Russia unprepared for new economic turmoil
Experts question Central Bank’s optimism
Russia is less prepared to face a new crisis wave than it was back in 2008, expert calculations show. Economists voiced misgivings over the exuberant sentiment articulated by the Central Bank of Russia (CBR), according to which the country is on a sounder financial footing than it was four years ago. With data on hand, pundits forecast that the Reserve Fund would not last a year in the case of a downturn and the government would be unable to meet its social commitments.
The last two weeks have witnessed a barrage of negative reports on Greek political collapse, which could eventually lead to the country’s exit from the euro zone, as well as Moody’s rating downgrades of 16 Spanish banks. Global stock indexes have taken a pounding, and emerging markets have taken the hardest hit. Nevertheless, CBR’s Chairman Sergey Ignatiev downplayed fears of a looming double-dip recession, arguing that Russia was better prepared to face the crisis than in the run-up to the previous downturn.
In response to this claim, experts from the Development Center of the Higher School of Economics (HSE Development Center) compared the situation in Q1 2012 to the same period in 2008, showing that the economy is less stable than it used to be. Although the foreign debt landscape seems to have improved, and bank lending is driven by CBR’s resources and not deposits or foreign borrowings, as was the case in 2008, there is no reason to let down the guard, experts pointed out in a report entitled “New Crisis, State, Business.” In fact, capital outflow totaled $7bn in April and is expected to spill over into May. “In view of this situation CBR’s clichéd optimism looks all the more bizarre,” the report claims.
The economy’s dependency on the price of oil constitutes sufficient proof that Russia is far from being ready to face a new recession, experts noted. Even in case of a moderate downturn in the price of oil to $80 per barrel, the Reserve Fund would be used up in less than a year, while meeting all budgeted obligations is viewed as feasible only if oil prices climb $8-$9 per barrel a year.
Another matter of great concern is the growing share of budget payouts in household income and consumer demand. “Surging household borrowing volumes raises the issue of an overheated economy in respect to consumer optimism,” the HSE Development Center pointed out.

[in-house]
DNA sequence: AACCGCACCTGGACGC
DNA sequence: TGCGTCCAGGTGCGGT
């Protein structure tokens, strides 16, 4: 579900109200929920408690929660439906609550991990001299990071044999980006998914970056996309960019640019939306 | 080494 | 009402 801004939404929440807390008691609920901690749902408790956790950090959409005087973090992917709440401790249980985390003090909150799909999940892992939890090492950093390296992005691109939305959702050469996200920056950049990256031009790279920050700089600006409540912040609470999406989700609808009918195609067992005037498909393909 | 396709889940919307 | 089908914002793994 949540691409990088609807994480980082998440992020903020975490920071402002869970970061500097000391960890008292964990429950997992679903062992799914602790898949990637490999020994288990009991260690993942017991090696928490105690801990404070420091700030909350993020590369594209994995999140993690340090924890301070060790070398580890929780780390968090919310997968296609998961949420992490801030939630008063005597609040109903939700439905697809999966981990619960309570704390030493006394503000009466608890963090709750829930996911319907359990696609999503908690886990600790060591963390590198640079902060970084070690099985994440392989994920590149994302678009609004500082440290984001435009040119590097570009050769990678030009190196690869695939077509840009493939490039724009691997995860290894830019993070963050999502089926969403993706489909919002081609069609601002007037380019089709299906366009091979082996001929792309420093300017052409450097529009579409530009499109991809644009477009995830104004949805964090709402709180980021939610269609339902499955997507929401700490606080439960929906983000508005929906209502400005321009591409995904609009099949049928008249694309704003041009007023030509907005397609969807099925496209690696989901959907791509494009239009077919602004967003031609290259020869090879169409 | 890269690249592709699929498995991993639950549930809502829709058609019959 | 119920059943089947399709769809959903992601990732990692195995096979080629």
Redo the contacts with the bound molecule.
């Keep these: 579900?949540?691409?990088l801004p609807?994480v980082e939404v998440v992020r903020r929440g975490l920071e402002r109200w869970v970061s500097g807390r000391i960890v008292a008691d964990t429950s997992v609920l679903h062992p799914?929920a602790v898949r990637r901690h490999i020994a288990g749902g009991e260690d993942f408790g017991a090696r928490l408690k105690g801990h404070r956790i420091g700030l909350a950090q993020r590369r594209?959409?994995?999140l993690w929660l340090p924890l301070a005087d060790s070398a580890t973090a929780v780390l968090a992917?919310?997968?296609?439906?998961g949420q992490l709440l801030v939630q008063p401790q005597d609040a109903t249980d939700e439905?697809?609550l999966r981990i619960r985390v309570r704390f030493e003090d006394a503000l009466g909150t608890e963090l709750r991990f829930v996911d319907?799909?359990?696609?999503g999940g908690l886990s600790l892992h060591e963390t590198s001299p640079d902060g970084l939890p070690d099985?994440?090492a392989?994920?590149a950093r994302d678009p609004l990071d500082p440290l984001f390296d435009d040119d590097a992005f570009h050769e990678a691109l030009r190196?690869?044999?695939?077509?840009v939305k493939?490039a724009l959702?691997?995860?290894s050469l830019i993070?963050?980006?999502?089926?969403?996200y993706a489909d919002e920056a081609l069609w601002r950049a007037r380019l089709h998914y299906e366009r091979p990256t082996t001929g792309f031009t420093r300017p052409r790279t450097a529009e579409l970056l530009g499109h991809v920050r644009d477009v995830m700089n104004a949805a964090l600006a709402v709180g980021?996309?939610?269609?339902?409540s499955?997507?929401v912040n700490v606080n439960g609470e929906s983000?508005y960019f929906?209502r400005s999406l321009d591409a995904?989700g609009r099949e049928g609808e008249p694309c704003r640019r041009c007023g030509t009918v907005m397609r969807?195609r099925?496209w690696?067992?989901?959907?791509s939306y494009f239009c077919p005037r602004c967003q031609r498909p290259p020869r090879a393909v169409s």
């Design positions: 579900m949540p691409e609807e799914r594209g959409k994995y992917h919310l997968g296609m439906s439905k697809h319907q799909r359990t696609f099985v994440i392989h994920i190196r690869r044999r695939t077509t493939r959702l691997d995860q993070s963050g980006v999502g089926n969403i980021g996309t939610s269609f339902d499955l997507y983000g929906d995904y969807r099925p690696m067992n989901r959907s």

According to experts, the fact that the targets set by the government are beyond its reach only compounds the situation. “In order to deliver on its ambitious plans the state needs to raise colossal funds, but they can be raised only by improving the investment climate,” the report claims, referring to an upsurge in capital outflow, which is now comparable to the recession-dominated quarters of 2008 and 2009 and doubled compared to Q1 2008.
This pessimistic sentiment is shared by former finance minister Alexey Kudrin. " A recession is already underway in Europe, and recent developments in Greece imply that it will be deeper than before and could escalate into a new global crisis," Kudrin pointed out, arguing that the worst-case scenario of a deepening global crisis is the most probable one. According to RBC Daily, the authorities are also gearing up for a new crisis. By mid-August an interdepartmental council for financial stability is expected to be established.
“In 2008, the budget was balanced with the price of oil at $57.5 per barrel, but now the budget runs a deficit with oil at $120 per barrel,” Igor Nikolayev, director of the strategic analysis department at private auditing company FBK, said. Moreover, the government is saddled with overwhelming commitments and is unable to reduce 80% of the obligations it has undertaken, Finance Minister Anton Siluanov said earlier.
“The current situation has little in common with the pre-crisis period,” Dmitry Belousov from the Center for Macroeconomic Analysis and Short-Term Forecasts argued. “Since we have accumulated experience in dealing with the crisis and developed crisis management processes, we are better prepared for the crisis,” he said. In 2008, the Russian economy was overheated and, consequently, suffered a double whammy, Belousov went on to say, adding that now the economy is “underheated,” while the Arab Spring is expected to keep oil prices above $80 per barrel. “In the worst-case scenario, Russia’s economy will shrink 1.5%-2%,” the expert claimed.
Research department of RIA RosBusinessConsulting